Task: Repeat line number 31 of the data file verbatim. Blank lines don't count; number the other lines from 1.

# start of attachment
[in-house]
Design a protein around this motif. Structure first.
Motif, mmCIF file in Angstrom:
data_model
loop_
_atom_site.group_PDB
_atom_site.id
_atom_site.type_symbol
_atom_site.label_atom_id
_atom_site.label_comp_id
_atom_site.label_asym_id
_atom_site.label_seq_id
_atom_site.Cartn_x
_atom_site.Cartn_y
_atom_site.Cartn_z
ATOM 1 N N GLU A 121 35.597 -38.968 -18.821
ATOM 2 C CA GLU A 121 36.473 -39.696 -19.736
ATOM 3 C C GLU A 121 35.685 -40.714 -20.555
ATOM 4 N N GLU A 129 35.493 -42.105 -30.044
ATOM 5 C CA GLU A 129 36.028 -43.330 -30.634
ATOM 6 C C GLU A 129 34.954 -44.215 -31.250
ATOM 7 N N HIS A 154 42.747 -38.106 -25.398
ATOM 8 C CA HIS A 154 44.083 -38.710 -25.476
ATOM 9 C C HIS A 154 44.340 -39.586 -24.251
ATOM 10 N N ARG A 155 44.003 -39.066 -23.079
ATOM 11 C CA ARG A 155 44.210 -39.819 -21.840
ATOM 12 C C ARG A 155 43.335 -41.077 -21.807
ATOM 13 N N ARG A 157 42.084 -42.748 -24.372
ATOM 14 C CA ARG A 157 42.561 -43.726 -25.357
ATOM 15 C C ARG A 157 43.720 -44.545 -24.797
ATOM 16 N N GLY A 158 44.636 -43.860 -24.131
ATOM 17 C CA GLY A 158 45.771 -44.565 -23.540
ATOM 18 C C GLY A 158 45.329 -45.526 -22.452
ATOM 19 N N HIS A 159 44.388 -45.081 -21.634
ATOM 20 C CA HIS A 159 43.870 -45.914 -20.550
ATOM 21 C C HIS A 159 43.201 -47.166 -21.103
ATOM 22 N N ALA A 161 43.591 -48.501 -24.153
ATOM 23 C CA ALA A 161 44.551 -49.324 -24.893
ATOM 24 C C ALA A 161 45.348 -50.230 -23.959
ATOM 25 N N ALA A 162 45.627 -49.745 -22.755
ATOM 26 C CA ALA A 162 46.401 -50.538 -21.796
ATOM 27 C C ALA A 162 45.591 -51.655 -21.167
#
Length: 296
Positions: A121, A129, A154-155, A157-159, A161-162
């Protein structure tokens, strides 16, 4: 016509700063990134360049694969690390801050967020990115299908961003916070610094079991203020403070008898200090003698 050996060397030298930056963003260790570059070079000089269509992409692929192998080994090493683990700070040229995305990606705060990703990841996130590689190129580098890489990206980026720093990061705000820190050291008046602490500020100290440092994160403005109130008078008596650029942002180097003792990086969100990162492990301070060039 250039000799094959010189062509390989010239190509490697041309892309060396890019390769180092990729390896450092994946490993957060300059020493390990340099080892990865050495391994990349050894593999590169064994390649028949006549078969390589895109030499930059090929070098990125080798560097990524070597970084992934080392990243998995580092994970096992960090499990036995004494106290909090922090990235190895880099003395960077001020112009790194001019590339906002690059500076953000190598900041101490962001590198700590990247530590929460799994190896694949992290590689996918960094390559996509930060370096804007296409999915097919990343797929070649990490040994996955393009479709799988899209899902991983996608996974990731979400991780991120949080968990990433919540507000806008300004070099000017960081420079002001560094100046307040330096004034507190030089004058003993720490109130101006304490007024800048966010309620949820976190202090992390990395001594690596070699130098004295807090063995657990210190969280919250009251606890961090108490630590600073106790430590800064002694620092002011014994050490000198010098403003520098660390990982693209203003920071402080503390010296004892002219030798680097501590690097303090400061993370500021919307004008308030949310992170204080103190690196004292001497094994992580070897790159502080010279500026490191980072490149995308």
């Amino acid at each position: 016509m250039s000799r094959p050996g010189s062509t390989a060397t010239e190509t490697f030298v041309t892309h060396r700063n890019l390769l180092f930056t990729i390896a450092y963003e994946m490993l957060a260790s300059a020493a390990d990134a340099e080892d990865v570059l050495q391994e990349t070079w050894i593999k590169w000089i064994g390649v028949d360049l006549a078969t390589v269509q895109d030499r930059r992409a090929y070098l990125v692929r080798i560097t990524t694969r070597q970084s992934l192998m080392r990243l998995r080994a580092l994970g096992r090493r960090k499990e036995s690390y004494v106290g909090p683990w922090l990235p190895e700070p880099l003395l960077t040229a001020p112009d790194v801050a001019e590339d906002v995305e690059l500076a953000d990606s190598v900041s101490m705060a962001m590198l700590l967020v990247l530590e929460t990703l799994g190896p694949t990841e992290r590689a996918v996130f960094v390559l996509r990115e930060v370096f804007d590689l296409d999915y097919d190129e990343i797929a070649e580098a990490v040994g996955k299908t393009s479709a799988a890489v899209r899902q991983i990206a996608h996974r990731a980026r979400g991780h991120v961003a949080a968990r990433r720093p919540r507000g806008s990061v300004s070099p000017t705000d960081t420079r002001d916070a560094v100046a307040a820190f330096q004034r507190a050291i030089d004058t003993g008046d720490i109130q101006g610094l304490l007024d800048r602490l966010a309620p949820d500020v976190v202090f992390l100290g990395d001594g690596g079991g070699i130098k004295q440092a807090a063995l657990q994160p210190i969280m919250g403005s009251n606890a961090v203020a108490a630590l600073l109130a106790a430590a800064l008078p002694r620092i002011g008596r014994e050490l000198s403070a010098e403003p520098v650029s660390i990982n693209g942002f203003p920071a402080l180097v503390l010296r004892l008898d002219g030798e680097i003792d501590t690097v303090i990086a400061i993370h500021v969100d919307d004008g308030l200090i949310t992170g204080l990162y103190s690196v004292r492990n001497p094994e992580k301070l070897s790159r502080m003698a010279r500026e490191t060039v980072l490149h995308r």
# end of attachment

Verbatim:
ATOM 16 N N GLY A 158 44.636 -43.860 -24.131